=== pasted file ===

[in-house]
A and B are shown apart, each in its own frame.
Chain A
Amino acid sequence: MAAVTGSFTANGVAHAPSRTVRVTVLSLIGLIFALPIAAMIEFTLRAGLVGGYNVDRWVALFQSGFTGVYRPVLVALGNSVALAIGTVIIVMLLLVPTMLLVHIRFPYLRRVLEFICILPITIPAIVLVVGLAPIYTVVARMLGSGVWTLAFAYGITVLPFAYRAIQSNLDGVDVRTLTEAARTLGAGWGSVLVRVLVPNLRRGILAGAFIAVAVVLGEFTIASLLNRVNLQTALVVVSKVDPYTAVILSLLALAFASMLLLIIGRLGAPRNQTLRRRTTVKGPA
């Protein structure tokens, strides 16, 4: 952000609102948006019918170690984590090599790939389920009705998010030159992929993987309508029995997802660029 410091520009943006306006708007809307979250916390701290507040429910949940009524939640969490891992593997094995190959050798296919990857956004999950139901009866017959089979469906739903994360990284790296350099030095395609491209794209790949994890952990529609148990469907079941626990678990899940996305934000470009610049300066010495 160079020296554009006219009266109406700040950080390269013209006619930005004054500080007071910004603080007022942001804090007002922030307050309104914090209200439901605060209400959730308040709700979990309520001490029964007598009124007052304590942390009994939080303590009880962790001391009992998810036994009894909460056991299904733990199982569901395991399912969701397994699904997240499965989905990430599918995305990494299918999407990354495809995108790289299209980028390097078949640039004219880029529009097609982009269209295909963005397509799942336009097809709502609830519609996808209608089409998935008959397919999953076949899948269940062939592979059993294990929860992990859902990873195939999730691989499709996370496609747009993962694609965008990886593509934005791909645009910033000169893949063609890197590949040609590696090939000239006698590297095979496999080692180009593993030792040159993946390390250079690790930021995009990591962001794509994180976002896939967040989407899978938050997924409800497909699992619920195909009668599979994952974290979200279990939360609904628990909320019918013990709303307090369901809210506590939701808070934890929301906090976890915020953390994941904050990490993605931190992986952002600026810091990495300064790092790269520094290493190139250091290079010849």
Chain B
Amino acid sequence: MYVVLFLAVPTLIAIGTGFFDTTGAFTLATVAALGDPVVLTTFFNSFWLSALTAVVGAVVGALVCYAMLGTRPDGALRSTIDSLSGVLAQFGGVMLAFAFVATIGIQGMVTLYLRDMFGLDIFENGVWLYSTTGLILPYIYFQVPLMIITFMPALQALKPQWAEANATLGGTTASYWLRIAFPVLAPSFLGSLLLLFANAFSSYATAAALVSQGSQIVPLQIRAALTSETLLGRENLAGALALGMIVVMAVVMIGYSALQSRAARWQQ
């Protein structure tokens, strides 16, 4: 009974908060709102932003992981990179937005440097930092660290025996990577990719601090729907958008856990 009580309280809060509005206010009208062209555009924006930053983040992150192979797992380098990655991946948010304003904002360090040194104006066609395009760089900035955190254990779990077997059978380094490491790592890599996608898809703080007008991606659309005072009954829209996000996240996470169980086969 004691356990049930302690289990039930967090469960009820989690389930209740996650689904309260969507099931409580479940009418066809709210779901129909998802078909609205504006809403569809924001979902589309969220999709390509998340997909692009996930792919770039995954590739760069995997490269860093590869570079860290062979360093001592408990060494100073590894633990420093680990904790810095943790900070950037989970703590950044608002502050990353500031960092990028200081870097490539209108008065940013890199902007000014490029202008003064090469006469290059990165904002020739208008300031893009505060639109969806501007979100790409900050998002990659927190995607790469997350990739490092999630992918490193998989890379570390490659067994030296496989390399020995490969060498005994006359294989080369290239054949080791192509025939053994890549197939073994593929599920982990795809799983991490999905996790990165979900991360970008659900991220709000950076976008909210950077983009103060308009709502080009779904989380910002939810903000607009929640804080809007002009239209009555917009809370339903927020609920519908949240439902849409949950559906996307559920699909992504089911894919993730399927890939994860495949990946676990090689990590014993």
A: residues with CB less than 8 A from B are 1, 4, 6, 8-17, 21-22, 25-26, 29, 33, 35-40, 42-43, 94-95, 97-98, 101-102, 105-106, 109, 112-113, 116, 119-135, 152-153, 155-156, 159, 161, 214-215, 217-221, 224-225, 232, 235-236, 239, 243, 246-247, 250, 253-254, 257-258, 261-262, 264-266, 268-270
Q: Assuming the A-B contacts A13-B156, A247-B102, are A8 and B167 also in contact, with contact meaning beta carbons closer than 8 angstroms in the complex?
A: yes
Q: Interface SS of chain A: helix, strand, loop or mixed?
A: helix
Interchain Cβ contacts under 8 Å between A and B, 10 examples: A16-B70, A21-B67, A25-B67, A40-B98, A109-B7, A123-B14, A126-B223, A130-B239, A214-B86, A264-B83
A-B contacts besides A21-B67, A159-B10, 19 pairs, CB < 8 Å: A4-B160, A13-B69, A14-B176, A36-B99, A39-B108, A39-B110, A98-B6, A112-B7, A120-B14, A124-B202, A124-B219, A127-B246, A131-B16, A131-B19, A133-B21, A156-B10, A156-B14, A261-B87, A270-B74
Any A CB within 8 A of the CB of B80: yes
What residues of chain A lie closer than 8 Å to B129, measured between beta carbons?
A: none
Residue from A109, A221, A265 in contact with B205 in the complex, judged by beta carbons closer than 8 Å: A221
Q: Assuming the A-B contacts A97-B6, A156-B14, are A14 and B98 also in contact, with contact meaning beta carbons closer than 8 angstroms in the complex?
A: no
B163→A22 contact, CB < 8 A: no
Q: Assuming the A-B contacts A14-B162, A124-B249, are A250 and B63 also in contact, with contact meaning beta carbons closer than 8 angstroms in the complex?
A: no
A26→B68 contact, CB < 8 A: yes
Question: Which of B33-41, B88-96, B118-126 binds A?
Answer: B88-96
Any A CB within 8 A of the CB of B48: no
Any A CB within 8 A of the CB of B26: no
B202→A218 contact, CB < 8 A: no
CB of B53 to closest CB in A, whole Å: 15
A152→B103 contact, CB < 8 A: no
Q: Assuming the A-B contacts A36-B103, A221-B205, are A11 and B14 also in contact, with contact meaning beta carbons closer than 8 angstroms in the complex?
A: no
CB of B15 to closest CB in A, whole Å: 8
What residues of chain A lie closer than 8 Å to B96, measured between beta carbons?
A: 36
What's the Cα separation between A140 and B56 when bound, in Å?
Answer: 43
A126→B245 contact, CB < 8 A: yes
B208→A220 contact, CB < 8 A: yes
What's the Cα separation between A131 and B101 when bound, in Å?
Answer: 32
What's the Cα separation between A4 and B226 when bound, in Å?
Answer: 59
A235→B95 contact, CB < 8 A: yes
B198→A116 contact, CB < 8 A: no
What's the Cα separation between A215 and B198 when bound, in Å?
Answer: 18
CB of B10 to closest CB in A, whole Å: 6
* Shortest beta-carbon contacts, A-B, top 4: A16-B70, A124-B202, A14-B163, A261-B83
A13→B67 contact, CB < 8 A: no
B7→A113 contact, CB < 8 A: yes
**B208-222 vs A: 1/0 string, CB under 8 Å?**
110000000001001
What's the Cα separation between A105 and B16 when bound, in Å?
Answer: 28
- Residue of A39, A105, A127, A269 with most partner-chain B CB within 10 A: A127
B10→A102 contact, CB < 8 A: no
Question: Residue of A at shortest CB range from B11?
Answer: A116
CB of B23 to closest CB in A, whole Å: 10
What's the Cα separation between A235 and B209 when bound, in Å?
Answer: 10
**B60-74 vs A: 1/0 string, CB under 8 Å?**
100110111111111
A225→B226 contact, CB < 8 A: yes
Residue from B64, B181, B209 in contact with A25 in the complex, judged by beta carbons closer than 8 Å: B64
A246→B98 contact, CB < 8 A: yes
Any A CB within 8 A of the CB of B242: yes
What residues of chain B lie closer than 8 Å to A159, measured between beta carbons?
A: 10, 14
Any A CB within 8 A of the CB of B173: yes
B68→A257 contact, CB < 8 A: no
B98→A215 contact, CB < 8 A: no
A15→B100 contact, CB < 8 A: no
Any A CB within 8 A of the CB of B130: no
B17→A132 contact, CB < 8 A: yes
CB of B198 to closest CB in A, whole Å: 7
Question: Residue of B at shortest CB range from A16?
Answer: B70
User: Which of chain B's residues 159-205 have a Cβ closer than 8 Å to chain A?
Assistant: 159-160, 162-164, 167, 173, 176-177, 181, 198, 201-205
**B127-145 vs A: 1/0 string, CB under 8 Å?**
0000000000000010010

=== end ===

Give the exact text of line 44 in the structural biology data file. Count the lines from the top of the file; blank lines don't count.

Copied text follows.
What's the Cα separation between A4 and B226 when bound, in Å?